For more details, including panelists and panel descriptions, please visit our website: 2021 Annual Agricultural and Environmental Law Conference.

We also want to extend our deepest gratitude to our conference sponsors. Your continued support is much appreciated. If you or your organization would like to join us as a sponsor, please reach out to us at umaglaw@umd.edu.


ALEI looks forward to welcoming you to our 2021 Agricultural and Environmental Law Conference!




MyFaRM Classes Will Resume This Fall

By: Nicole Cook

MyFaRM logo. Source: Agriculture Law Education Initiative.

After a long break, MyFaRM classes will resume this fall!

MyFaRM is a series of free classes that farmers can attend to learn how to develop personalized risk management plans in the areas of (1) production, (2) marketing, (3) finances, (4) human resources, and (5) legal risk. The program focuses on providing deep learning through in-person instruction. Due to the pandemic, the MyFaRM classes had to be postponed until in-person classes could safely resume. Nicole Cook, Environmental and Agricultural Faculty Legal Specialist at the University of Maryland Eastern Shore, announces that the MyFaRM classes will start again in the fall and will run through spring 2022. The in-person classes will cover legal risk, production risk, and marketing risk.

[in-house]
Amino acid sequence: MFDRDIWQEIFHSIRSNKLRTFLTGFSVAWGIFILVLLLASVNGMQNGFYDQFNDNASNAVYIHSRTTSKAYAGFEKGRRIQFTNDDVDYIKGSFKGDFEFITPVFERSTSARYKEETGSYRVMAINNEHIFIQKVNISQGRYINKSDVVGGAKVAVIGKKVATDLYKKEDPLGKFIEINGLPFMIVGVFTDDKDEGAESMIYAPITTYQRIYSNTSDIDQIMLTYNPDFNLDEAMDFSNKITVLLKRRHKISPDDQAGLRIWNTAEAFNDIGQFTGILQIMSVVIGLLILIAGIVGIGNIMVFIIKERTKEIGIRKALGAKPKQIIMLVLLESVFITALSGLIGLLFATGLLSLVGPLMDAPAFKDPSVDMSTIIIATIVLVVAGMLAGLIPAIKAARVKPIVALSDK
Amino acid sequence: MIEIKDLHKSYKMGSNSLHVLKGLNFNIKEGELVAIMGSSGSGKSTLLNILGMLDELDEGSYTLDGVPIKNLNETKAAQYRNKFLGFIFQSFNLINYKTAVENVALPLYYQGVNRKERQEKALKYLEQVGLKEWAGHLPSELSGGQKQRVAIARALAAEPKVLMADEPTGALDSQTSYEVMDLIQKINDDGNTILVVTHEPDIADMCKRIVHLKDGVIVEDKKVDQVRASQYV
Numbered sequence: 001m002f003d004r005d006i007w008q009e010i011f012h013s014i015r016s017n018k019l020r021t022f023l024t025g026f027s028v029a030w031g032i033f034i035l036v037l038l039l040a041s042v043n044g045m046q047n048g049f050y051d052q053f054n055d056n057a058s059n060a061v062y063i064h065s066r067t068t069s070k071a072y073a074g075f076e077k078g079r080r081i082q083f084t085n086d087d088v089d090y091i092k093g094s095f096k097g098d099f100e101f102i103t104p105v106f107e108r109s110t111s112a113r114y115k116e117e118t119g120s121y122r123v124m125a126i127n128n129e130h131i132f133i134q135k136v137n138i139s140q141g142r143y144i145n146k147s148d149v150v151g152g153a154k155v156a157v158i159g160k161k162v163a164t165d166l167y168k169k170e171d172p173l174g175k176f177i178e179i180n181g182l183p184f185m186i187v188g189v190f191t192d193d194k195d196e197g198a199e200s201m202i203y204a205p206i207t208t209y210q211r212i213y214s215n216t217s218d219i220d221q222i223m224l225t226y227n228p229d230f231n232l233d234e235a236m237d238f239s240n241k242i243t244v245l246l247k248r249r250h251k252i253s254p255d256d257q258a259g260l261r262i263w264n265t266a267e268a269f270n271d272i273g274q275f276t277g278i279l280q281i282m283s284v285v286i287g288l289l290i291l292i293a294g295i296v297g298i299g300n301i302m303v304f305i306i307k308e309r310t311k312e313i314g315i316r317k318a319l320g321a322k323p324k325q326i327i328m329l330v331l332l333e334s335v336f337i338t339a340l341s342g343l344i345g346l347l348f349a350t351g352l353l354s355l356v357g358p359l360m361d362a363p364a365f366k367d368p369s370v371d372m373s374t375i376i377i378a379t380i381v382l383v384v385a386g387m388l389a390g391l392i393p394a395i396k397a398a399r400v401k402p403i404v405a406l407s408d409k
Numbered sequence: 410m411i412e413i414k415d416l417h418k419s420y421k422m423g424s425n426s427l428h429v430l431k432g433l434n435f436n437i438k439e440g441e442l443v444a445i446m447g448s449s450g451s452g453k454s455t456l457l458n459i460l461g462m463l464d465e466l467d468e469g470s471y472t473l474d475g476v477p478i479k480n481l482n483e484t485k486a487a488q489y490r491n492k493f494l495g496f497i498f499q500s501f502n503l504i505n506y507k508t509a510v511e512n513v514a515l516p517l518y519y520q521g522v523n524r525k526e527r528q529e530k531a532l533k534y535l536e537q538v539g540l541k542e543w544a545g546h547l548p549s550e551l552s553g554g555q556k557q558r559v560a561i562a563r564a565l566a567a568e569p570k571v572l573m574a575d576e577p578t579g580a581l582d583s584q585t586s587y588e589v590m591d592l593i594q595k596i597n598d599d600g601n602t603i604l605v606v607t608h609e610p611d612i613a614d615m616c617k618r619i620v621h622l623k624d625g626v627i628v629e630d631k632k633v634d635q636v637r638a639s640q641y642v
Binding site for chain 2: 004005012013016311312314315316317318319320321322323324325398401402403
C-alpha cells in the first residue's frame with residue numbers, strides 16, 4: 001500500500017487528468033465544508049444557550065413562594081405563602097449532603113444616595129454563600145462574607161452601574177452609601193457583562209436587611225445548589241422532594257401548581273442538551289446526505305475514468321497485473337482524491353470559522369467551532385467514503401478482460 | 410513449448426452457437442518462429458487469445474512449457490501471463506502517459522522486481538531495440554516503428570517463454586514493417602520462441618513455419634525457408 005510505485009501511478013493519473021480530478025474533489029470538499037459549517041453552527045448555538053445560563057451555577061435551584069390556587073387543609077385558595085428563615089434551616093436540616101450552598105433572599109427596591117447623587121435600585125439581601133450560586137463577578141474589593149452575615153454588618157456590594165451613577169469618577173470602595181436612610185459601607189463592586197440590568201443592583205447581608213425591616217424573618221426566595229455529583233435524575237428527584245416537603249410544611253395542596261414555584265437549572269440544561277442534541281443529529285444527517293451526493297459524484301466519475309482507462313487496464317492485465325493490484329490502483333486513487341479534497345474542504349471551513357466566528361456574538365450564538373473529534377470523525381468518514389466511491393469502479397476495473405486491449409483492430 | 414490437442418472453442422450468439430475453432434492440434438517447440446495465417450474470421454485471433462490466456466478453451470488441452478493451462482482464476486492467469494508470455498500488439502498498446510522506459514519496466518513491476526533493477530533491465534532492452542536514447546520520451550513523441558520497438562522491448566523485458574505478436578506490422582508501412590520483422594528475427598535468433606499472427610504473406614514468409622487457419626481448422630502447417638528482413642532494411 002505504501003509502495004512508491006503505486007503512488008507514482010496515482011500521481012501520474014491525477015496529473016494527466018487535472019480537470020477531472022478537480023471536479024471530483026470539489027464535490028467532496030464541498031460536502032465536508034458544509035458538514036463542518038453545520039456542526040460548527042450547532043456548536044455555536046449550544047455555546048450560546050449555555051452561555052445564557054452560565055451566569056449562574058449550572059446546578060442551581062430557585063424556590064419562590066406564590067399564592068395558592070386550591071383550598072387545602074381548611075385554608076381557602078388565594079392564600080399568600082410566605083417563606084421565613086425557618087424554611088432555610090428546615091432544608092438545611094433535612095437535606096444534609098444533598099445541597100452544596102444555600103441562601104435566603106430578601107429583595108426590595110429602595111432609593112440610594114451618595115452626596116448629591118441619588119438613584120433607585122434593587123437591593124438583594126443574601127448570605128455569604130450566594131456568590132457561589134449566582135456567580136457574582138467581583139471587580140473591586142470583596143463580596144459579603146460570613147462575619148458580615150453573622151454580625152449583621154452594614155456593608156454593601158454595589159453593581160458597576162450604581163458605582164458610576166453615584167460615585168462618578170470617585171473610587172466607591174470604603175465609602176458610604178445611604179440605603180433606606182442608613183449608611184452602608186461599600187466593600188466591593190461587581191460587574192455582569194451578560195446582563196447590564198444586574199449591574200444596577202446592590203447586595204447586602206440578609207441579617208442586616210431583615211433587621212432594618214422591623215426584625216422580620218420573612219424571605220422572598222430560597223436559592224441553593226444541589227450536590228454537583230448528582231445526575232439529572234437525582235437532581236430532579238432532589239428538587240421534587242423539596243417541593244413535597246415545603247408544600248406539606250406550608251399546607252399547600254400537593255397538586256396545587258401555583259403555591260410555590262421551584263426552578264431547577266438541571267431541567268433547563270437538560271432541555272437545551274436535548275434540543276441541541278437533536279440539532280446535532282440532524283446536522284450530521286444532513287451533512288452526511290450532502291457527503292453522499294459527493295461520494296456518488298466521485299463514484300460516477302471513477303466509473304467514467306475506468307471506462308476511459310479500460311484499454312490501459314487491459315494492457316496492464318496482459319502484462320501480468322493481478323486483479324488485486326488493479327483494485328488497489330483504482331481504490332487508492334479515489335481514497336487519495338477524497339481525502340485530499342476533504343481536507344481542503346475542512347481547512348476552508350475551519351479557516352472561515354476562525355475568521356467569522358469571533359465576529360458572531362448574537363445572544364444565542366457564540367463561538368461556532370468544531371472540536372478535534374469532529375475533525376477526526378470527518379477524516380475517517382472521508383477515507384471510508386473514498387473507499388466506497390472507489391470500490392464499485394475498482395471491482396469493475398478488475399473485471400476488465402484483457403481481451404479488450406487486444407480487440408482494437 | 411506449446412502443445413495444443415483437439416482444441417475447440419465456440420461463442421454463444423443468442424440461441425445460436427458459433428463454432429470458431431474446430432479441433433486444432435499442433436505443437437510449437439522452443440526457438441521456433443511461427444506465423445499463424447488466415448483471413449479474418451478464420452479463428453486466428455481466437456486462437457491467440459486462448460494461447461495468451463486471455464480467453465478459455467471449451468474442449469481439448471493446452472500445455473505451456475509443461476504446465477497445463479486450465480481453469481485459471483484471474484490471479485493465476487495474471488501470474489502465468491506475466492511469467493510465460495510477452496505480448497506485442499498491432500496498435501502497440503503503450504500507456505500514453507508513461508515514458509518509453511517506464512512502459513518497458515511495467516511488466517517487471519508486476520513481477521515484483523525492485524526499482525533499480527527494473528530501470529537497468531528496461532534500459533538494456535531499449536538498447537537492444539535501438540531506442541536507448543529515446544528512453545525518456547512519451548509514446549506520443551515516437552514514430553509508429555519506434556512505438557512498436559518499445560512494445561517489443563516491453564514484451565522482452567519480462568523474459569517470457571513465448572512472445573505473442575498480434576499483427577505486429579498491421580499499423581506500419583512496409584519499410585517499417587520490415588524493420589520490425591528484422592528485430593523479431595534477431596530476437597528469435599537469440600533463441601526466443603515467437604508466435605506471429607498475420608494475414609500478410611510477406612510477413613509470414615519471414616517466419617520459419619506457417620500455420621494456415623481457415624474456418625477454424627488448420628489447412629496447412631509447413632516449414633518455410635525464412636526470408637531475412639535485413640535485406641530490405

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The MyFaRM team of instructors includes experienced educators from ALEI, UMES Extension, University of Maryland Extension, Virginia State University, MARBIDCO, MidAtlantic Farm Credit, and other industry experts including farmers with experience in diversifying their farms and developing niche markets for their products. “Graduates” of the MyFaRM program will develop a five-year risk management plan for their farms. Additionally, for those who are not able to attend the classes in person, the MyFaRM team is working with The Carlin Company to offer all of the MyFaRM lectures and course materials in a 10-part series of online, self-guided educational webinars that will be available next summer for free.

For more information about the MyFaRM program and to register for classes, contact Nicole Cook at nlcook@umes.edu or 410-651-6182.